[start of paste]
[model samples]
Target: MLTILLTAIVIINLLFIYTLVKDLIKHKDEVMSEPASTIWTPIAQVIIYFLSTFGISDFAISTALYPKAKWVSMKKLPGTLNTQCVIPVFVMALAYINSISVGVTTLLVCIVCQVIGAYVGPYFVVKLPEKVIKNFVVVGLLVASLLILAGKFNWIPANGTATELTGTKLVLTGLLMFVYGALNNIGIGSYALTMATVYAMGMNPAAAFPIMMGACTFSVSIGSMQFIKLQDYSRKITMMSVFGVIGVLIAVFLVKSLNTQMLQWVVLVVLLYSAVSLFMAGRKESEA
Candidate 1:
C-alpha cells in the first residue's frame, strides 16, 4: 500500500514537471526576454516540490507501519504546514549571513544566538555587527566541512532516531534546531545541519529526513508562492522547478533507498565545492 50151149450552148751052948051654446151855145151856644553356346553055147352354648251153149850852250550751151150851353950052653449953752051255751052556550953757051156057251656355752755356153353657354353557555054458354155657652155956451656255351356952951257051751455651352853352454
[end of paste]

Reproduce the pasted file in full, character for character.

[model samples]
Target: MLTILLTAIVIINLLFIYTLVKDLIKHKDEVMSEPASTIWTPIAQVIIYFLSTFGISDFAISTALYPKAKWVSMKKLPGTLNTQCVIPVFVMALAYINSISVGVTTLLVCIVCQVIGAYVGPYFVVKLPEKVIKNFVVVGLLVASLLILAGKFNWIPANGTATELTGTKLVLTGLLMFVYGALNNIGIGSYALTMATVYAMGMNPAAAFPIMMGACTFSVSIGSMQFIKLQDYSRKITMMSVFGVIGVLIAVFLVKSLNTQMLQWVVLVVLLYSAVSLFMAGRKESEA
Candidate 1:
C-alpha cells in the first residue's frame, strides 16, 4: 500500500514537471526576454516540490507501519504546514549571513544566538555587527566541512532516531534546531545541519529526513508562492522547478533507498565545492 50151149450552148751052948051654446151855145151856644553356346553055147352354648251153149850852250550751151150851353950052653449953752051255751052556550953757051156057251656355752755356153353657354353557555054458354155657652155956451656255351356952951257051751455651352853352454